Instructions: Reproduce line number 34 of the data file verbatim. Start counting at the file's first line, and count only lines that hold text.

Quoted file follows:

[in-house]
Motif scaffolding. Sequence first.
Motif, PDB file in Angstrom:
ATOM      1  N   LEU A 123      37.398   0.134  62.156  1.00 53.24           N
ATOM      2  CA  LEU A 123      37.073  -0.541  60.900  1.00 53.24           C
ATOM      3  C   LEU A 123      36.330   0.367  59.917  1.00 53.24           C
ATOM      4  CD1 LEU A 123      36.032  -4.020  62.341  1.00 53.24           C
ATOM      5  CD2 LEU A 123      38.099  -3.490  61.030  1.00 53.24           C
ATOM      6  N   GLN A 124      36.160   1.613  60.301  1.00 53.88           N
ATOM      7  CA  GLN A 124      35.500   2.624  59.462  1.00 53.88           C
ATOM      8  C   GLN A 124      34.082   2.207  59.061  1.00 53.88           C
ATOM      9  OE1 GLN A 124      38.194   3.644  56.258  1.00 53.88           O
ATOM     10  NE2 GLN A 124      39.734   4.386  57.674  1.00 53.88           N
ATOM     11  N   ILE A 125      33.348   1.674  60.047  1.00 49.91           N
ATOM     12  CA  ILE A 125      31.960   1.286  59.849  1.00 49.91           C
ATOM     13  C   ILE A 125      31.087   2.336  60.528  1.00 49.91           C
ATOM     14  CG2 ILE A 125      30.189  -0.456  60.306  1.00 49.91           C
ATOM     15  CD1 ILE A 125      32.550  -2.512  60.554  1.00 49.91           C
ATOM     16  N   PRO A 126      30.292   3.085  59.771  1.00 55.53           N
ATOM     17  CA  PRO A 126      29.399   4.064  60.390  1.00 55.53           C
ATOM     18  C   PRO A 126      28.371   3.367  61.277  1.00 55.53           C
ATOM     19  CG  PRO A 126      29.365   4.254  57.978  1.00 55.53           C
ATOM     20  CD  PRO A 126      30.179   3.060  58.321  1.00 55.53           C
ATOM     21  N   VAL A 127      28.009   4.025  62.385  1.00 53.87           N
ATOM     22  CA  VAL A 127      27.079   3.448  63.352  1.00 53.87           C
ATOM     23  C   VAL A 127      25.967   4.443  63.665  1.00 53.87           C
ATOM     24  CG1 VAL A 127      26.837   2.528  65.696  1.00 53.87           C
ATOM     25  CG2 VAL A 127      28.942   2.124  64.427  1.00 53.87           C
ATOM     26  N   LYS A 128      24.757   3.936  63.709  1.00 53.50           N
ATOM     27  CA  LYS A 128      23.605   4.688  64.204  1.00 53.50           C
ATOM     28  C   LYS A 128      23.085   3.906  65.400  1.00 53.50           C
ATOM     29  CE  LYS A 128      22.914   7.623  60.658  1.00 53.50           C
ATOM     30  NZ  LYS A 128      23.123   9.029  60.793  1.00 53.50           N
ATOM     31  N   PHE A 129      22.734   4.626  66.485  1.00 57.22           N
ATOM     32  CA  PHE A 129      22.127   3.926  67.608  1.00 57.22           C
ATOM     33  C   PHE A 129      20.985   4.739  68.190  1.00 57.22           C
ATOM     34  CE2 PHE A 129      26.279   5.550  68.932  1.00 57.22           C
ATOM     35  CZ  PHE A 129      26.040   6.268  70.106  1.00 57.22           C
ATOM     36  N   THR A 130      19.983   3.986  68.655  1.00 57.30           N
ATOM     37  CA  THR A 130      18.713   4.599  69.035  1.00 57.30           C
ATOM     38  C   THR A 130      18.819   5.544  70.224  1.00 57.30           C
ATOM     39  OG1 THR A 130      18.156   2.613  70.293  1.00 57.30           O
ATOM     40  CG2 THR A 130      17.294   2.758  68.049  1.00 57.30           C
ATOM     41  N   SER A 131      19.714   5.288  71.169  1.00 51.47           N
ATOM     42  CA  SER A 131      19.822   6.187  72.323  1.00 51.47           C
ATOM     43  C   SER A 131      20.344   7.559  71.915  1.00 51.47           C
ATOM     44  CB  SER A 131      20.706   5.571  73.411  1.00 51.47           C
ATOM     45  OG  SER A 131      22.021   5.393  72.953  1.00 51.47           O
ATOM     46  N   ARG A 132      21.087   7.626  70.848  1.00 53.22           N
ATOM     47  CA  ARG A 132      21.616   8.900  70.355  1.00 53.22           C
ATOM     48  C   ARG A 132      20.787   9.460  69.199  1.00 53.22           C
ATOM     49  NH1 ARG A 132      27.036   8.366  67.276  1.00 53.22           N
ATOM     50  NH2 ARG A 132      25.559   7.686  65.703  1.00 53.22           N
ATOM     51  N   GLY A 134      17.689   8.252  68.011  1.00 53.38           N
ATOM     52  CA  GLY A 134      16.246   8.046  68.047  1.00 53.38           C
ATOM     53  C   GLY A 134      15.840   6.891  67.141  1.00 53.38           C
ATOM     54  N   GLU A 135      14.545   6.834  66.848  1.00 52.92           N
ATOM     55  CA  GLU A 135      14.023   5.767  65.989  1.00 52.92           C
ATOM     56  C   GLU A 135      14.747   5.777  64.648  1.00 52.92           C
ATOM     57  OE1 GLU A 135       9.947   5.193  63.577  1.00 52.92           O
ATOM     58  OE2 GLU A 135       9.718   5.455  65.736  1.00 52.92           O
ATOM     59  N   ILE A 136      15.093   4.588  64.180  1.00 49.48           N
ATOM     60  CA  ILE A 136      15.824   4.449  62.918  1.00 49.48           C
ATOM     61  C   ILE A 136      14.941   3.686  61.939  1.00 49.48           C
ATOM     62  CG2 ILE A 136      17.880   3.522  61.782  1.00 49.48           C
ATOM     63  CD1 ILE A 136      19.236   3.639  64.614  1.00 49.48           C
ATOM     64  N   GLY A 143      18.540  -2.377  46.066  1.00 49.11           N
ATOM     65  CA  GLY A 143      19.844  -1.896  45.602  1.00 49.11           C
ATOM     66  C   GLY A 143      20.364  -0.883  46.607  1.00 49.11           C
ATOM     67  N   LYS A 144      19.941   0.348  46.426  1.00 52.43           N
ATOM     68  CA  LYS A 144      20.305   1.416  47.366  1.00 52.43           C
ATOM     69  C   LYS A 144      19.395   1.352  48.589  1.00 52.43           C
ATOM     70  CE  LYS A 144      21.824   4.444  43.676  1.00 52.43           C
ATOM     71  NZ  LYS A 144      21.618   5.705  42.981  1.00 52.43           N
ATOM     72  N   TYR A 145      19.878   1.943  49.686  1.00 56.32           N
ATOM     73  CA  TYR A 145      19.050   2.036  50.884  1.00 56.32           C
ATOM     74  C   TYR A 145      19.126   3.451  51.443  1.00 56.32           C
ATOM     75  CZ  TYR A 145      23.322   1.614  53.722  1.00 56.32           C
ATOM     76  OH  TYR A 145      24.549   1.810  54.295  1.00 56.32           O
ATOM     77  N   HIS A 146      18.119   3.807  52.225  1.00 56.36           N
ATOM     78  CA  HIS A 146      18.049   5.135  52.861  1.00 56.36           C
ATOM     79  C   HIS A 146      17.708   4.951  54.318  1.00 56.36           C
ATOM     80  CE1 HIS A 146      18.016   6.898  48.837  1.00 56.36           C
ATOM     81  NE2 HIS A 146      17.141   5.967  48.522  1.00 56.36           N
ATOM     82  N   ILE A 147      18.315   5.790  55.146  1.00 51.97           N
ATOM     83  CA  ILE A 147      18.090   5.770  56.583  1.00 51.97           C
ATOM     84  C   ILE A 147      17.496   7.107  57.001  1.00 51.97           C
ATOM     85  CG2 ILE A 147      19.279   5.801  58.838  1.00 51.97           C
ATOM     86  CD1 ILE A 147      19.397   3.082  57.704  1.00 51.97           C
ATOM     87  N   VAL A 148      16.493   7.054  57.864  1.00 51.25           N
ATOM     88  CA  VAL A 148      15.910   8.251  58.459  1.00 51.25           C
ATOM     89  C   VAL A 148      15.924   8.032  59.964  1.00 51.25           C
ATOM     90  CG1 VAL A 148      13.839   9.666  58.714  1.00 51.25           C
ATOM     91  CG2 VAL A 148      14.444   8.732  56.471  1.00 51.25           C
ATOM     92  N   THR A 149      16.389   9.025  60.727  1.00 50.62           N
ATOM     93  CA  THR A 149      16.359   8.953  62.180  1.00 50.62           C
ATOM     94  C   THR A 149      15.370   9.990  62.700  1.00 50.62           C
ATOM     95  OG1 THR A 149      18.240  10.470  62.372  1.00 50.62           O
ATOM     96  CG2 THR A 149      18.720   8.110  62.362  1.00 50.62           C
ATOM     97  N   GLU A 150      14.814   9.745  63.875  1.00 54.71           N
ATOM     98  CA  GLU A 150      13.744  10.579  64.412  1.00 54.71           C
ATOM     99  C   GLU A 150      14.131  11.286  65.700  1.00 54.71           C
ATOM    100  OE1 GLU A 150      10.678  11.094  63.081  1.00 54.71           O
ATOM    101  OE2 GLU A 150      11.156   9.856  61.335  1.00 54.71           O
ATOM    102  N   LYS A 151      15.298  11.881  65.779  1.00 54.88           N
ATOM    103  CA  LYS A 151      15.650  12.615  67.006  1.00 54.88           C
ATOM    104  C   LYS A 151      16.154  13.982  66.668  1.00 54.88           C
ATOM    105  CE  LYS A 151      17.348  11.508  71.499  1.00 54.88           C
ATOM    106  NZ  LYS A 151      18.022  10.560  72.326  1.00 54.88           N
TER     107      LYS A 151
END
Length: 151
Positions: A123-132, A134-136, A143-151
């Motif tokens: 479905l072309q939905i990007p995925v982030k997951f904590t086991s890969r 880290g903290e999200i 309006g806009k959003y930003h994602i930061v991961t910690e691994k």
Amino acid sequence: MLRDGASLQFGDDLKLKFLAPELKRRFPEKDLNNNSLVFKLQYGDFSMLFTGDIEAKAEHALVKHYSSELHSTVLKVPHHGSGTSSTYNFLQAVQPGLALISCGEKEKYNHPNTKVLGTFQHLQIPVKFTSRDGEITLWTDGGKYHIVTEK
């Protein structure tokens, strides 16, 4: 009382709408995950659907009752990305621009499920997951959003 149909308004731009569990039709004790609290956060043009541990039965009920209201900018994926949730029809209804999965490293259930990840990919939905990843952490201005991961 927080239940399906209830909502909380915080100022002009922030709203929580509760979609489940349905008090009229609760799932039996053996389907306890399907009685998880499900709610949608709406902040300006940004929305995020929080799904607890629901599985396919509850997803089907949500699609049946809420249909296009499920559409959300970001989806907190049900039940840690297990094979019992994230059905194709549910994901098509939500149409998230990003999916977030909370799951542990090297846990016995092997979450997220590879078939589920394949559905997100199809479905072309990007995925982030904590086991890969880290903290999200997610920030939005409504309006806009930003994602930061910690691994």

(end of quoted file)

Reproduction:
ATOM     31  N   PHE A 129      22.734   4.626  66.485  1.00 57.22           N